Gary Brooker wrote music and lyrics for all the songs on his second album and acted as his own producer, resulting in perhaps his most personal statement as an artist. Unlike No More Fear Of Flying, on which he sometimes just seemed to be the singer on his own record, here Brooker delivered his songs with feeling, enabling him to overcome the star power of his backup musicians, who included Eric Clapton, George Harrison, and Phil Collins. This was partly because Brooker no longer felt the need to separate himself from The Procol Harum sound that was so much a part of his natural musical identity. Brooker's lyrics weren't as philosophical as longtime writing partner Keith Reid's, but they could be just as intriguingly oblique.
After 10 albums with Procol Harum, lead singer, composer, and keyboard player Gary Brooker launched his solo career with this album. Of course, there were Brooker's familiar characteristics – the steady piano work, the butterscotch soul voice. But he switched lyric partners for this set (except for the title track), trading longtime Procol wordsmith Keith Reid for Pete Sinfield, who had performed the same function for Procol contemporaries King Crimson and Emerson, Lake and Palmer. Brooker also tried a couple of tunes by Stiff Records pub-rocker Mickey Jupp (Jupp's versions are better) and Murray Head's "Say It Ain't So, Joe" (Roger Daltrey's version is better). The result was a varied set that succeeded in sounding like something other than Procol Harum's 11th album, although it did not demonstrate that Gary Brooker solo was going to be an improvement over the group.
On November 29, 2002, one year after the passing of George Harrison, Olivia Harrison and longtime friend Eric Clapton organized a performance tribute in his honor. Held at London’s Royal Albert Hall, the momentous evening featured George’s songs, and music he loved, performed by a lineup that included Clapton, Jeff Lynne, Paul McCartney, Tom Petty, Monty Python, Billy Preston, Jools Holland, Ravi and Anoushka Shankar, Joe Brown, Ringo Starr, Dhani Harrison and many more. In honor of George Harrison’s 75th birthday (February 25), the Grammy®-winning release CONCERT FOR GEORGE, will be available for the first time on vinyl, released as a 4-LP Box Set, as well as well as new CD/DVD and CD/Blu-ray combo configurations.
Founding Rolling Stones bassist Bill Wyman essentially retired from music after leaving the band in 1993, choosing to dedicate time to his family and his restaurant, Sticky Fingers. He returned to music in 1997 with Bill Wyman's Rhythm Kings, a rotating old-time rock & roll, R&B, blues, and boogie collective of superstar musicians anchored by keyboardist Georgie Fame, guitarist Albert Lee, pianist Gary Brooker, and guitarist Terry Taylor. Their first album, Struttin' Our Stuff, appeared that year and it was followed two years later by Anyway the Wind Blows, which featured cameos from Peter Frampton, Geraint Watkins, Paul Carrack, and, notably, fellow Stone Keith Richards. Groovin' arrived in 2000, reaching a career peak of 52 on the U.K. charts. Next was Double Bill in 2001 and Just for a Thrill in 2004, before the band primarily dedicated itself to live performances.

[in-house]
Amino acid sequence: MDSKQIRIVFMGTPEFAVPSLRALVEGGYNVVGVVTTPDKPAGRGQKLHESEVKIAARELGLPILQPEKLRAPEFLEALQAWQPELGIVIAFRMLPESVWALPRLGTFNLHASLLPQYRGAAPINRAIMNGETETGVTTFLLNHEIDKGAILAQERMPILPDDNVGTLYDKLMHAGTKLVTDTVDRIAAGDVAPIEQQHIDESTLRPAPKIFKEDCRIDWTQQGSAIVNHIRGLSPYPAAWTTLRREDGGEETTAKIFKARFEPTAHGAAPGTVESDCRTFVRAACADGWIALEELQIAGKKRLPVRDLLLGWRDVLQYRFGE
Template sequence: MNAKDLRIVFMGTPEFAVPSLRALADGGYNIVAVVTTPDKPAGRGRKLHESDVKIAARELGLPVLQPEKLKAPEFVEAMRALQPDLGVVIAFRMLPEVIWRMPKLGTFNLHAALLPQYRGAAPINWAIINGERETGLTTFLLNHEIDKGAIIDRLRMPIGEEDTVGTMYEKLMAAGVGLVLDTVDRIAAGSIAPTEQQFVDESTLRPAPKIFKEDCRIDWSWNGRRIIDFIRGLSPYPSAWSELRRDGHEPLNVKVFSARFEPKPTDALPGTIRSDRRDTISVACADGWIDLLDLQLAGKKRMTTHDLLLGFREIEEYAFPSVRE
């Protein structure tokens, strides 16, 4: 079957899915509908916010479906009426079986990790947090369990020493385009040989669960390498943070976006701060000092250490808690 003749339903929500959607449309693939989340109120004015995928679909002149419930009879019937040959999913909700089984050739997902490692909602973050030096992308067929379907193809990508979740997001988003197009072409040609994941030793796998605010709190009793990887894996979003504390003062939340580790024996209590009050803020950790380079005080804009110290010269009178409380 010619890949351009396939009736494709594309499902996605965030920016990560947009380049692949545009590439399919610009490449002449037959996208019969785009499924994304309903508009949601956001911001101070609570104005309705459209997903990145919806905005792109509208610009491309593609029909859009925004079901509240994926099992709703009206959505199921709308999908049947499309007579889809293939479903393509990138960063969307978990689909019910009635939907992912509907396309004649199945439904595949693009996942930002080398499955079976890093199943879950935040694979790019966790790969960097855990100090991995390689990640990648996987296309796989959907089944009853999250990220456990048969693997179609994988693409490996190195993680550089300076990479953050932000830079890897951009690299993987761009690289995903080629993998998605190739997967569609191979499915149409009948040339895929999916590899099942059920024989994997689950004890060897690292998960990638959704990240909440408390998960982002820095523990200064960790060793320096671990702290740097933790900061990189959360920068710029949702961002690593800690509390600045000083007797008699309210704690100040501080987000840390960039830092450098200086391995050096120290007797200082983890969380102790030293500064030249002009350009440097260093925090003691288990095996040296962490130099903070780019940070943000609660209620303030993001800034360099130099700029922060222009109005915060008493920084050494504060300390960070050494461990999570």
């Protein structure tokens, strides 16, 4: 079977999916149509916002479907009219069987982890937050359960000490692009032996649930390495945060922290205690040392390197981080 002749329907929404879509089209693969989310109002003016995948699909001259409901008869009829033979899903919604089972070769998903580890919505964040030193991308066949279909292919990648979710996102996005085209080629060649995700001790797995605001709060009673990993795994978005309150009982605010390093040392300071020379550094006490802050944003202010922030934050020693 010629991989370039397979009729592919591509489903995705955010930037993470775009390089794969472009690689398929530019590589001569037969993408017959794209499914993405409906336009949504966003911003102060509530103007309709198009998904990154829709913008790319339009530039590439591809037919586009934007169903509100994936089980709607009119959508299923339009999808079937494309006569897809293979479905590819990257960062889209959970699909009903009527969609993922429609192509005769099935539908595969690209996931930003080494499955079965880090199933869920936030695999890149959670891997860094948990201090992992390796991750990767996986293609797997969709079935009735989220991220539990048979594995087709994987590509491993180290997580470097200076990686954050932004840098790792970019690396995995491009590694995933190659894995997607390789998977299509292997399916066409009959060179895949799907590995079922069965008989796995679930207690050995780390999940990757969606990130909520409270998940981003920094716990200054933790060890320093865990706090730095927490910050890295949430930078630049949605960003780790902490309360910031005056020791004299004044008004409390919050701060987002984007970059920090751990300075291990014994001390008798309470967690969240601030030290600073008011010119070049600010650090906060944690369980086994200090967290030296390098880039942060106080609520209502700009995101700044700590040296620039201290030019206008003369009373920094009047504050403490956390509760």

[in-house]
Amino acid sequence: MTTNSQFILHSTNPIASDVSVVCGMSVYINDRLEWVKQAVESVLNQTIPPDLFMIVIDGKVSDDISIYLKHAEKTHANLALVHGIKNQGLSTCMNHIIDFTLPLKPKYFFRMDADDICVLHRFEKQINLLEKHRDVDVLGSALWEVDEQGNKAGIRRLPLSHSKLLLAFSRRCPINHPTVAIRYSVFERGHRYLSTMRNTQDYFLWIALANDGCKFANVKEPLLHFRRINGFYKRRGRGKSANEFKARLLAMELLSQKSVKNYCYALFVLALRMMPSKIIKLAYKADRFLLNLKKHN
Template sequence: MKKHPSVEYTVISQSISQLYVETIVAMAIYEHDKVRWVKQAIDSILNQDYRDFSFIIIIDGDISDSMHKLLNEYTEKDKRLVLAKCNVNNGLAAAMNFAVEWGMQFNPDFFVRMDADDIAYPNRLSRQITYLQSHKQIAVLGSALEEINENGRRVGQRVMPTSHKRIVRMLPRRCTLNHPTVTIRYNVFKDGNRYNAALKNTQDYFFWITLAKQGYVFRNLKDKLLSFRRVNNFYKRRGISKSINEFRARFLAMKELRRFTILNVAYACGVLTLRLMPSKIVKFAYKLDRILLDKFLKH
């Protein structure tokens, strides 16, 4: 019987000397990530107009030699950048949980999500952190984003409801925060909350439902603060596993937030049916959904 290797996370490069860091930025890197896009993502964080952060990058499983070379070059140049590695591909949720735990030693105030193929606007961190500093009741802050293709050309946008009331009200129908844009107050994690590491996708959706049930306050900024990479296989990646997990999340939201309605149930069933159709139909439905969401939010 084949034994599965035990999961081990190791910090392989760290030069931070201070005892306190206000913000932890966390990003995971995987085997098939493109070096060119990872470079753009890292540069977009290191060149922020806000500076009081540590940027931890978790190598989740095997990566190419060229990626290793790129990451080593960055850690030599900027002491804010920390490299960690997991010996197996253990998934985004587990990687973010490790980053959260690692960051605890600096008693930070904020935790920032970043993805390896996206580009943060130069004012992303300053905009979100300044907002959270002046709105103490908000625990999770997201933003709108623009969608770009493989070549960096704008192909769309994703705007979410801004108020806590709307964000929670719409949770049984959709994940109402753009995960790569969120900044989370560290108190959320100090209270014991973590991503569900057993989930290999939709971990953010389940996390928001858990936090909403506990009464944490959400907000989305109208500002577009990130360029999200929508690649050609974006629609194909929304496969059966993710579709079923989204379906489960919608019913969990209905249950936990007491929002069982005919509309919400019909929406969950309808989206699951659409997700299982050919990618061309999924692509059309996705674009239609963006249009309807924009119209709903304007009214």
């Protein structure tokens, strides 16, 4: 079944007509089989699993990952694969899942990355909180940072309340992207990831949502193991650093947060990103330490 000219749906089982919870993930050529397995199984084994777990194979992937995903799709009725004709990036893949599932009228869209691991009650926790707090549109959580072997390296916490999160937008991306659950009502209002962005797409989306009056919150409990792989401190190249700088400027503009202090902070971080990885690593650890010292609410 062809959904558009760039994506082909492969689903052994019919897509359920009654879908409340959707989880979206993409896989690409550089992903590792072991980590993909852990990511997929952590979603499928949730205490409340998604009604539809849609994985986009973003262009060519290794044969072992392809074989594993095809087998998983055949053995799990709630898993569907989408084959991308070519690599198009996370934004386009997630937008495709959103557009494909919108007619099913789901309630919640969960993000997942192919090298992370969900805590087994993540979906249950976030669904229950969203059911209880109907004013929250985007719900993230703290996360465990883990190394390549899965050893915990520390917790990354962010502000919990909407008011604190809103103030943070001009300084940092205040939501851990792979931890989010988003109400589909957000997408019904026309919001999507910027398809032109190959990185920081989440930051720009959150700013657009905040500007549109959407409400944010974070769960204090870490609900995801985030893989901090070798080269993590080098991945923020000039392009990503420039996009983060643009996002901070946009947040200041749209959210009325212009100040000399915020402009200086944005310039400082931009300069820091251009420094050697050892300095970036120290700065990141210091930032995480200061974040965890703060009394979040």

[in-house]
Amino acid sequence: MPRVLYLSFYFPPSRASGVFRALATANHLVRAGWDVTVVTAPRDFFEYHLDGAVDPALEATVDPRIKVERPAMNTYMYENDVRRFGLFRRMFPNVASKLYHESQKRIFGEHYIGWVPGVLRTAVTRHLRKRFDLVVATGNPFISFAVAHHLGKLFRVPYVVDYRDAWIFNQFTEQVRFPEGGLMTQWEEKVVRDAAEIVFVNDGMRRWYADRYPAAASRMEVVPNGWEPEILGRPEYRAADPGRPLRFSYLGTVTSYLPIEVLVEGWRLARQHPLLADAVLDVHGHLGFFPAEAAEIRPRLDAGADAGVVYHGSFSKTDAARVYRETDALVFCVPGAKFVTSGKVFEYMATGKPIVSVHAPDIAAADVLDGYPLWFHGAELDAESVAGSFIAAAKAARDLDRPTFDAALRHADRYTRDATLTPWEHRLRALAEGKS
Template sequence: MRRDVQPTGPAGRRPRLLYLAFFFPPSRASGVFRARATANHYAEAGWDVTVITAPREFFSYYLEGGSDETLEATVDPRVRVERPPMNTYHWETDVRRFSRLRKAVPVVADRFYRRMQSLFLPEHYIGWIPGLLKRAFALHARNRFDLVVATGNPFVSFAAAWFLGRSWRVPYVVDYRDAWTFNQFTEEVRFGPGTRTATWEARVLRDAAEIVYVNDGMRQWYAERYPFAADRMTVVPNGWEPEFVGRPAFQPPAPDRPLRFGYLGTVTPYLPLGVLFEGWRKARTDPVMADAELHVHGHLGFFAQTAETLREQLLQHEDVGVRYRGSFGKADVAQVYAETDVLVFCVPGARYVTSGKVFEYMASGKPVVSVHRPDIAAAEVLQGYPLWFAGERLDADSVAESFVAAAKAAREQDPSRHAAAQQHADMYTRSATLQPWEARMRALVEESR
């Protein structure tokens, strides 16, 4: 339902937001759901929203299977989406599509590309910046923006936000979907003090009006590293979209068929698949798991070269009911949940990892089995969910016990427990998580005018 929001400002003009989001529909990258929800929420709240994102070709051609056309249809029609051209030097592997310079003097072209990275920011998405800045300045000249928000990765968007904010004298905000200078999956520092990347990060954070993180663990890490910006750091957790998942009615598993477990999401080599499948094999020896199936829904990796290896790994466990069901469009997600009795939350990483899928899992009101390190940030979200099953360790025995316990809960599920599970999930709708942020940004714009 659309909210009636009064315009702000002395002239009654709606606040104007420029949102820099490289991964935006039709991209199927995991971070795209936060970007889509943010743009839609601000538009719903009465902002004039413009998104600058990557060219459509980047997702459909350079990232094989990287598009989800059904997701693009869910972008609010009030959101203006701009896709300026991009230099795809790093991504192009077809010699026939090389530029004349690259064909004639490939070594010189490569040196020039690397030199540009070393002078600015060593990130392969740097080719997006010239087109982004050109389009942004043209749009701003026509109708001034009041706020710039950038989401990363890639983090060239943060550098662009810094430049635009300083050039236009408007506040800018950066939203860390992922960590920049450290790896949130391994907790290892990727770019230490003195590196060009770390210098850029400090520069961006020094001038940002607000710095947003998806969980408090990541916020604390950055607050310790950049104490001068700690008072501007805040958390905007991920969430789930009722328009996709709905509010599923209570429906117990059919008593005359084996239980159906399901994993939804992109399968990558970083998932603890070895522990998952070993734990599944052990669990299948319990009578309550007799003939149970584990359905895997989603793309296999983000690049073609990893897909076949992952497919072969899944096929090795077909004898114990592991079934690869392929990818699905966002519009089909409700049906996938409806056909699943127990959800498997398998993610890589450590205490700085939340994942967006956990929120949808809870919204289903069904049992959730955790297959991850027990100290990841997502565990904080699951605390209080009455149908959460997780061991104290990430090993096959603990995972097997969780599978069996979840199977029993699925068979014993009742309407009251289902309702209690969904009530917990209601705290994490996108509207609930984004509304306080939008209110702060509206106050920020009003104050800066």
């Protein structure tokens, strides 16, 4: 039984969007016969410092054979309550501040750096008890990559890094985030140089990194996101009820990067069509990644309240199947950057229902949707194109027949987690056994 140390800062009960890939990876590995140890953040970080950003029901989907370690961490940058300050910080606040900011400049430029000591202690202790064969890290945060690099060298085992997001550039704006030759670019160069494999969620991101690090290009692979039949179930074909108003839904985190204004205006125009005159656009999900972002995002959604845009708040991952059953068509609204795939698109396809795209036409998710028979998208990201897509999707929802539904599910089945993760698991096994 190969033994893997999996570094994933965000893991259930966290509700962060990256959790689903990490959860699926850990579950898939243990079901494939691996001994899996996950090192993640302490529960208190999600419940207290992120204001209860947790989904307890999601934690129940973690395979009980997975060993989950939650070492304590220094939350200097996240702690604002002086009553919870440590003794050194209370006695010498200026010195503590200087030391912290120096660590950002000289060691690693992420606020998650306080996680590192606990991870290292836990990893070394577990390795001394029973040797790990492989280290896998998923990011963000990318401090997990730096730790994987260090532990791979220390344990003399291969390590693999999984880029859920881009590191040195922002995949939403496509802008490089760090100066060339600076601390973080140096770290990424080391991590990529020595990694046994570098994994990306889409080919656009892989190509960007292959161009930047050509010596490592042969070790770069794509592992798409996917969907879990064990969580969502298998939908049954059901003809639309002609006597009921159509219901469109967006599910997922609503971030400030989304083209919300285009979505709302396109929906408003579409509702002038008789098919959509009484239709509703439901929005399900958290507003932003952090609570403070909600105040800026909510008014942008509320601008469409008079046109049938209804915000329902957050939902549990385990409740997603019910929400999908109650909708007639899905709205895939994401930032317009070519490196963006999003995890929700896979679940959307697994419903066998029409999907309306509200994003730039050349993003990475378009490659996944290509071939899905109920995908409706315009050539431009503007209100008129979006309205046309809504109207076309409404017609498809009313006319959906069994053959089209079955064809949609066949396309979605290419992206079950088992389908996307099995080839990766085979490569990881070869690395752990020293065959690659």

The fourth album by Procol Harum was released as the band was in the midst of a significant shift. With the departure of organist Matthew Fisher, guitarist Robin Trower stepped more to the fore. The two-keyboard approach was still being utilized, with singer Gary Brooker's piano being joined on some selections by the organ playing of multi-instrumentalist Chris Copping. However, the stately grandeur that had been previously applied with grace and subtlety gave way to a band that rocked much harder…
Essential: a masterpiece of progressive rock music
There is an interesting divide in the reviews here…some think masterpiece, some fairly unenthused. I think this is Procol Harum’s best album. Every song is a winner, although the presence of three vocalists does provide a scattered feeling.